Use this URL to cite or link to this record in EThOS: http://ethos.bl.uk/OrderDetails.do?uin=uk.bl.ethos.487456
Title: We citizens : Citizenship, representation, recontextualisation and the voice of New Zealand pre-first-time voters
Author: Manson, Heugh Cecil Drummond
ISNI:       0000 0001 3618 4196
Awarding Body: University of Bath
Current Institution: University of Bath
Date of Award: 2008
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Abstract:
This thesis is concerned to investigate New Zealand secondary school students' views about citizenship and the factors that have formed their views. It is set against a background in which' there is widespread concern about the political apathy of modern youth, not only in New Zealand but in other countries e.g., Britain and France. Methodologically, the study is focussed on two distinct aspects of the concept of representation: representation of political voice and representation of the voice of evidence. It is centred around the human voice in both senses, i.e., the degree to which it is heard to be representing a political point of view, and ways in which evidence provided by the voice itself in its numerous contexts may be understood. To this end, the voice, the voices of those who provide the evidence discussed take a central position throughout. They are available to be heard as well as read about, not just as sound bites but in the continuity of long, sometimes reflective, conversations. The use made of these voices, both in what they say about the degree to which the -speakers have a sense of citizenship, and about the information contained in their manner of saying it, is an attempt to highlight the complementarity of both aspects of the evidence: the substance and the utterance, and the need for each to be considered alongside the other. Six young New Zealanders were interviewed in depth, two of these by students in the sample who were trained as interviewers as well as being interviewees. Methodologically, this apprOach seeks to be innovative in overcoming many of the prOblems that more standard forms of qualitative and quantitative inquiry have encountered. It was found that while these students typically eschewed the formal parliamentary politics of representation, they were concerned with many issues relating to globalization and their local impact. The influences for their views came from the home and school and especially, the nature of authority structures in both.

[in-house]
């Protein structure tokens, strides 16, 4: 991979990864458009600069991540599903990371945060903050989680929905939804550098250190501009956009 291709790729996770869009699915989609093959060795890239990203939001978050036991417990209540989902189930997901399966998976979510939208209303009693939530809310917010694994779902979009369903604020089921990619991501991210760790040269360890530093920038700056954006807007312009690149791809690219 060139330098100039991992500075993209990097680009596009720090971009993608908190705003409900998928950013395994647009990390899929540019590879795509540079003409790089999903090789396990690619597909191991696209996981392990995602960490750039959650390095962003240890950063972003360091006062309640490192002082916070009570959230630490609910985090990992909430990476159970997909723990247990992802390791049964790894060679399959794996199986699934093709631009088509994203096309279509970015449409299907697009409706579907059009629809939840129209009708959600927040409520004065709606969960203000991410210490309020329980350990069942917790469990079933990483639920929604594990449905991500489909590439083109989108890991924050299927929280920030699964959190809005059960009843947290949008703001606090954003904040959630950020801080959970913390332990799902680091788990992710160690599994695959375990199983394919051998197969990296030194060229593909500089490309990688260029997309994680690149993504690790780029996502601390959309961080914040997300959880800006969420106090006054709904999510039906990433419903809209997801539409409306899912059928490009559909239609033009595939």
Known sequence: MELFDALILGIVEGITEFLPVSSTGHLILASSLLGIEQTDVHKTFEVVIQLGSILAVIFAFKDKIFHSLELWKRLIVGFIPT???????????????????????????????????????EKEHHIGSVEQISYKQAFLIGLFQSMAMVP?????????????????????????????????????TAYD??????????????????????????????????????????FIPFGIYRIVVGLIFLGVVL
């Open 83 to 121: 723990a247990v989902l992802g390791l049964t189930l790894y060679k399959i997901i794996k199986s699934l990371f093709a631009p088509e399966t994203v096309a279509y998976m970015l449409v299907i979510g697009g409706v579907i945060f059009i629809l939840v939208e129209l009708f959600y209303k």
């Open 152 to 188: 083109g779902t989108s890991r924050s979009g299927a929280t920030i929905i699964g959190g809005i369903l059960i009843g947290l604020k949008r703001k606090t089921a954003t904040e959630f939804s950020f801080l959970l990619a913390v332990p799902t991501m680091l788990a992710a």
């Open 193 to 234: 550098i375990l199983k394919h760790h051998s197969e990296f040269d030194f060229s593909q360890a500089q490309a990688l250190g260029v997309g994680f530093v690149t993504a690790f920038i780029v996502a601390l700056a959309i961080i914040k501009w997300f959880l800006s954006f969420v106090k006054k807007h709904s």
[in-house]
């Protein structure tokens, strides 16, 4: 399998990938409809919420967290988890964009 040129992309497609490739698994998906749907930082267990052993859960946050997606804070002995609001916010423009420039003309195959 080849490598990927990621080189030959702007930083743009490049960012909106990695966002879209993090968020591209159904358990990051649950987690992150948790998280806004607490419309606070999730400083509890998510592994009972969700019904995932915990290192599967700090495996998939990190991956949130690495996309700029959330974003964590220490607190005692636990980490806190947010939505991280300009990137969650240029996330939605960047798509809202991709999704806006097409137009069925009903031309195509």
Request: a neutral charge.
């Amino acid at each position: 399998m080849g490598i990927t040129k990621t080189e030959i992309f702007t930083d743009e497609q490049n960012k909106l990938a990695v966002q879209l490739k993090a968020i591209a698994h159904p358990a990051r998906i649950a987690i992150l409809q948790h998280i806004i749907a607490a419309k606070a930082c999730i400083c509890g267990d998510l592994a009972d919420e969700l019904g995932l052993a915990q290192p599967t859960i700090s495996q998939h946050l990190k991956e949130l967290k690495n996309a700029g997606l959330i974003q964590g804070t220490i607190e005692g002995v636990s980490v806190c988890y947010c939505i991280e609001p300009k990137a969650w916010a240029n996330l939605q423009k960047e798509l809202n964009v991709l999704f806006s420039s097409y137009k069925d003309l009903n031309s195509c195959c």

Supervisor: Not available Sponsor: Not available
Qualification Name: University of Bath, 2008 Qualification Level: Doctoral
EThOS ID: uk.bl.ethos.487456  DOI: Not available
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